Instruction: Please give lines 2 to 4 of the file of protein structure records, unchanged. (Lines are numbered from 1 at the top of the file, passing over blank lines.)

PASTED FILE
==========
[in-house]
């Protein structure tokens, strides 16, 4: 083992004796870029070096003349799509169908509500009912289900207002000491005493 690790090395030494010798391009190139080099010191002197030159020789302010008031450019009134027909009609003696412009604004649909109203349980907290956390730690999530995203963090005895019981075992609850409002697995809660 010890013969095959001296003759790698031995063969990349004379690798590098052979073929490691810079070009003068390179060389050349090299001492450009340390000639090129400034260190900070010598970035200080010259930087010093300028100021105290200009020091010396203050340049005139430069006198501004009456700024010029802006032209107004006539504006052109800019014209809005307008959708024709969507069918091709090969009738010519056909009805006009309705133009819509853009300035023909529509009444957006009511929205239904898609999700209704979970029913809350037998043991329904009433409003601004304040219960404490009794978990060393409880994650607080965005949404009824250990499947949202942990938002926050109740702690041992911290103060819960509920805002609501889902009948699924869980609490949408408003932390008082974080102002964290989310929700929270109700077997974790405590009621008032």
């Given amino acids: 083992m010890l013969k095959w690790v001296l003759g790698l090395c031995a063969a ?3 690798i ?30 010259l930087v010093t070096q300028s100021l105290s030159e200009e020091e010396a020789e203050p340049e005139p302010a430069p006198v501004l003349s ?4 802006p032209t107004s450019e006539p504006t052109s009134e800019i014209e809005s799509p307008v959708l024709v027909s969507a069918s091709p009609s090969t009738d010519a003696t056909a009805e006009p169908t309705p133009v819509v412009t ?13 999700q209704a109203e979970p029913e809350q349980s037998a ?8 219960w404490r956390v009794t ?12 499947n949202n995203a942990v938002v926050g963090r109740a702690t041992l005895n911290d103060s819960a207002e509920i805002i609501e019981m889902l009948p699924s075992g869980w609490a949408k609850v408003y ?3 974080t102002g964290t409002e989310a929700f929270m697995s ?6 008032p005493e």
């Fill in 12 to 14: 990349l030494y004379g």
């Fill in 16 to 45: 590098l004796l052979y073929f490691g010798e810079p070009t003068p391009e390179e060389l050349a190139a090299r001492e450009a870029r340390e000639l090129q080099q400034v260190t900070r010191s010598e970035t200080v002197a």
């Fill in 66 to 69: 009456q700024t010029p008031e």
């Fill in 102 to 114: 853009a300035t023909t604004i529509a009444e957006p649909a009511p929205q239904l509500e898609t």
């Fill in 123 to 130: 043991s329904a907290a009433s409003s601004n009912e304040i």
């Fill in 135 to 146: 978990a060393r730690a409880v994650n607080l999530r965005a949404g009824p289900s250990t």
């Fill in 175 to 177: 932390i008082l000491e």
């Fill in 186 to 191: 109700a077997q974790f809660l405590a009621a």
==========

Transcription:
């Protein structure tokens, strides 16, 4: 083992004796870029070096003349799509169908509500009912289900207002000491005493 690790090395030494010798391009190139080099010191002197030159020789302010008031450019009134027909009609003696412009604004649909109203349980907290956390730690999530995203963090005895019981075992609850409002697995809660 010890013969095959001296003759790698031995063969990349004379690798590098052979073929490691810079070009003068390179060389050349090299001492450009340390000639090129400034260190900070010598970035200080010259930087010093300028100021105290200009020091010396203050340049005139430069006198501004009456700024010029802006032209107004006539504006052109800019014209809005307008959708024709969507069918091709090969009738010519056909009805006009309705133009819509853009300035023909529509009444957006009511929205239904898609999700209704979970029913809350037998043991329904009433409003601004304040219960404490009794978990060393409880994650607080965005949404009824250990499947949202942990938002926050109740702690041992911290103060819960509920805002609501889902009948699924869980609490949408408003932390008082974080102002964290989310929700929270109700077997974790405590009621008032």
């Given amino acids: 083992m010890l013969k095959w690790v001296l003759g790698l090395c031995a063969a ?3 690798i ?30 010259l930087v010093t070096q300028s100021l105290s030159e200009e020091e010396a020789e203050p340049e005139p302010a430069p006198v501004l003349s ?4 802006p032209t107004s450019e006539p504006t052109s009134e800019i014209e809005s799509p307008v959708l024709v027909s969507a069918s091709p009609s090969t009738d010519a003696t056909a009805e006009p169908t309705p133009v819509v412009t ?13 999700q209704a109203e979970p029913e809350q349980s037998a ?8 219960w404490r956390v009794t ?12 499947n949202n995203a942990v938002v926050g963090r109740a702690t041992l005895n911290d103060s819960a207002e509920i805002i609501e019981m889902l009948p699924s075992g869980w609490a949408k609850v408003y ?3 974080t102002g964290t409002e989310a929700f929270m697995s ?6 008032p005493e």
């Fill in 12 to 14: 990349l030494y004379g």